Fill Those Seats
Serpico’s excellent post yesterday got me thinking.
A professional baseball franchise has two goals which sometimes conflict: winning as many games as possible and drawing in fans. You might think those two go hand in hand but, as Serp pointed out, swapping out new talent every season makes it hard for the fans to invest in the team.
“Well, yes,” I thought, “but you get to save so much money.”
Then I started to wonder – how much money? And what’s the tradeoff?
So I went to ESPN.com and Sportsline.com and I got two figures:
- Total player salaries by team;
- Average home game attendance as a percentage of stadium capacity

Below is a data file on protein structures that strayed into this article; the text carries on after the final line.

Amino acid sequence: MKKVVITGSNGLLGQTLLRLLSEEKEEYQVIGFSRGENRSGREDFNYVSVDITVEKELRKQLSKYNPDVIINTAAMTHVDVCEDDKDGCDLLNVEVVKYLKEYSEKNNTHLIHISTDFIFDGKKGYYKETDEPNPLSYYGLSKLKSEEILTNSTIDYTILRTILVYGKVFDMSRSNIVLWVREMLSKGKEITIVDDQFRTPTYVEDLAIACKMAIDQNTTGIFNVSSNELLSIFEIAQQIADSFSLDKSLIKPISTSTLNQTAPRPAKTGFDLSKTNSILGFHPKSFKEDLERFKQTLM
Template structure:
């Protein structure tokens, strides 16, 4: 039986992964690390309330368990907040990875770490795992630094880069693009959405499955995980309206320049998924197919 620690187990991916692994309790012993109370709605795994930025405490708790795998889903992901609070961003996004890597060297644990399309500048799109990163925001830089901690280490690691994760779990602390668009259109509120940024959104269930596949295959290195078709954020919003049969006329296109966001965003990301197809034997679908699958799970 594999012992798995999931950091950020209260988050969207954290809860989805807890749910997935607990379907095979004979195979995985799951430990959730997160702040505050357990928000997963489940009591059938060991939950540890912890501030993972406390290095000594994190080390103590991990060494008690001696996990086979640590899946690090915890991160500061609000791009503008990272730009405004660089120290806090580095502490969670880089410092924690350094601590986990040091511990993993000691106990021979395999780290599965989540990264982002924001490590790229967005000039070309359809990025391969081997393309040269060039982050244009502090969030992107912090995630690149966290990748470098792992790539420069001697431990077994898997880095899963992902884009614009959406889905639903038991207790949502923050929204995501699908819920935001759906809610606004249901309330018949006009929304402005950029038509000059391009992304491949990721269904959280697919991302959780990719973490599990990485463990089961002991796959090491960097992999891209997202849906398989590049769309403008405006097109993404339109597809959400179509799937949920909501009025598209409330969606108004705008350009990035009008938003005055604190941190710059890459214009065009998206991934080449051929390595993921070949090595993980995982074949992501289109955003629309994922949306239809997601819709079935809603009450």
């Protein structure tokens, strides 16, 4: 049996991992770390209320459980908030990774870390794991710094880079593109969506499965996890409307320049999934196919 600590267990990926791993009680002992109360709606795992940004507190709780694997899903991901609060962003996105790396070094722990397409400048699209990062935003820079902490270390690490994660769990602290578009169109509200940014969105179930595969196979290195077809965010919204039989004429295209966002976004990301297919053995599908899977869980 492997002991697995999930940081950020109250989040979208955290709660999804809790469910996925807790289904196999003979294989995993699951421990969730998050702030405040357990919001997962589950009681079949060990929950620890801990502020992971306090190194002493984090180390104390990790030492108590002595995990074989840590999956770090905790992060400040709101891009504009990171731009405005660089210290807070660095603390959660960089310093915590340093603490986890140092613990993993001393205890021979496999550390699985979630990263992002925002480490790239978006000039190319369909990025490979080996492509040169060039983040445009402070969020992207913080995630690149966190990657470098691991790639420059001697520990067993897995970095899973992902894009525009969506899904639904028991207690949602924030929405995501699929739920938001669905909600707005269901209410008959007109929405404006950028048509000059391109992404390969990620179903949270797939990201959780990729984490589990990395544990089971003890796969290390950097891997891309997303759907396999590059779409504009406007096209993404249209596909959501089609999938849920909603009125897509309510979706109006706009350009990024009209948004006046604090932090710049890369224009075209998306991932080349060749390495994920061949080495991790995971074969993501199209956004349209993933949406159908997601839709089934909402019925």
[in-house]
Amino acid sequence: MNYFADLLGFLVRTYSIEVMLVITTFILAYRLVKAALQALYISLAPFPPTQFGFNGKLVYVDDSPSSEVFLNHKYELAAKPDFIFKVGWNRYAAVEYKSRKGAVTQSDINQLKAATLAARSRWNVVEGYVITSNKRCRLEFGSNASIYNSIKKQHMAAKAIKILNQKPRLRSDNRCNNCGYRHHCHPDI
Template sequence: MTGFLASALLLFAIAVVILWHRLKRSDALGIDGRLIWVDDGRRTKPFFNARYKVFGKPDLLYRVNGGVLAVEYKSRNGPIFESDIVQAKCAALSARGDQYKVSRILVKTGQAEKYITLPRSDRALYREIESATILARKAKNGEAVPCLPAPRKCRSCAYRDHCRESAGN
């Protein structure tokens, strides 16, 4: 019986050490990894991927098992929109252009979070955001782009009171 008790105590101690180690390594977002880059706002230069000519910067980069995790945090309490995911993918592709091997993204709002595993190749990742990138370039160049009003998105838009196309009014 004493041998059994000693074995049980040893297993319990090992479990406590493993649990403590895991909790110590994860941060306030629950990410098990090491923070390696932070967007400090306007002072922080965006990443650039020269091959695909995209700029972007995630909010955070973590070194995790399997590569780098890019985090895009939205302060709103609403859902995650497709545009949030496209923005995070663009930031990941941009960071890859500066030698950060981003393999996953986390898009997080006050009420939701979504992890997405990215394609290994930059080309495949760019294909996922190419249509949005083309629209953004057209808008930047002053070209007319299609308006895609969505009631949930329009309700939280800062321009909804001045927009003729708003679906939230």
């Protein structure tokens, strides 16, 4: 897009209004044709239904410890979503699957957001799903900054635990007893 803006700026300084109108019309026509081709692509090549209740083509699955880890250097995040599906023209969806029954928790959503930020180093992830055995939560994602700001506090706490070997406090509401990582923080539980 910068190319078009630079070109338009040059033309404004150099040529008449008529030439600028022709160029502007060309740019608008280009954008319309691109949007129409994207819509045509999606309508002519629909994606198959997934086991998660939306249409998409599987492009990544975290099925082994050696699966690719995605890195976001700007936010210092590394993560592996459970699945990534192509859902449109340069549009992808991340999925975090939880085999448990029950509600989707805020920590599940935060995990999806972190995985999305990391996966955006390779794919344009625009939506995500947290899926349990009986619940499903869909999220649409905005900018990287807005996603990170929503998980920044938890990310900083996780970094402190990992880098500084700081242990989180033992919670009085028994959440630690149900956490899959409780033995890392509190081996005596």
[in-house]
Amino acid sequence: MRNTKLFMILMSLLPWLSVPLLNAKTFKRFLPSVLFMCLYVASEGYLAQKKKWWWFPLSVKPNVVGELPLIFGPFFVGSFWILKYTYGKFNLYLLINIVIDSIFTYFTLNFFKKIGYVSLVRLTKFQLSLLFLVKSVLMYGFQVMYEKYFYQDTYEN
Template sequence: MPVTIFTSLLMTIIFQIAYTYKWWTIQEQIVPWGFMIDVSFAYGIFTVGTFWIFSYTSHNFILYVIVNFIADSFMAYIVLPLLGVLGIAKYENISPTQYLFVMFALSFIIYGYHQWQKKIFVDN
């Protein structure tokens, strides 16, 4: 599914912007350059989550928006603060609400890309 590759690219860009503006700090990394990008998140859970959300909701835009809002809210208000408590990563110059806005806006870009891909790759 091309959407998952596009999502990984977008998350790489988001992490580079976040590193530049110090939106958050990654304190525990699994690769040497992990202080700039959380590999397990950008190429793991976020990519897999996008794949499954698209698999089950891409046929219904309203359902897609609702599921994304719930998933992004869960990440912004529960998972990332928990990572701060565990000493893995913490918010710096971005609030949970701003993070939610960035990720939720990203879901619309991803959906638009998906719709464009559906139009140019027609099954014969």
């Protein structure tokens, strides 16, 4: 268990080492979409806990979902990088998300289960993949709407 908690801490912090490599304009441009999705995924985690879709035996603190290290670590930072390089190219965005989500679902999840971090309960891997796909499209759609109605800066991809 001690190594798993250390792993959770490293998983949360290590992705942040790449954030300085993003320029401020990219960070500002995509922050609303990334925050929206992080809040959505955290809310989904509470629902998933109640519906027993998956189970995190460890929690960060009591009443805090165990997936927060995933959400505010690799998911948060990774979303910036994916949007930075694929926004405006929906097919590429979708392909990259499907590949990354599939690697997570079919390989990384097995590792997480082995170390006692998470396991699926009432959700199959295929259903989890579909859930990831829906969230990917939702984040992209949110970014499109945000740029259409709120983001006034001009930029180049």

And I made a graph in Excel.
(click the graph to expand to its full size)
Some interesting findings:
- In the lower half, you get two sudden spikes at the San Diego Padres and the Milwaukee Brewers. They get White Sox level attendance despite playing like, well, the Padres and the Brewers. Where’s the draw? What did the Brewers do last season that I and the rest of the world missed?
- The Boston Red Sox had 101.4% attendance on average in 2006. That’s not seats sold; that’s actual home game attendance. Look it up yourself. It pleases me to know that John Henry will admit more fans than the stadium has seats; anything for revenue.
- The trendline continues upward pretty clearly except for one embarassing drop by the Baltimore Orioles. They spent $93.55 million in 2006 on player salaries but only filled 57.1% of their seats on average. They’re spending St. Louis Cardinals money to get Toronto Blue Jays attendance.
I don’t know whether this data supports my thesis or Serpico’s. It may be too soon to draw that kind of conclusion. But I do know that it’s really interesting.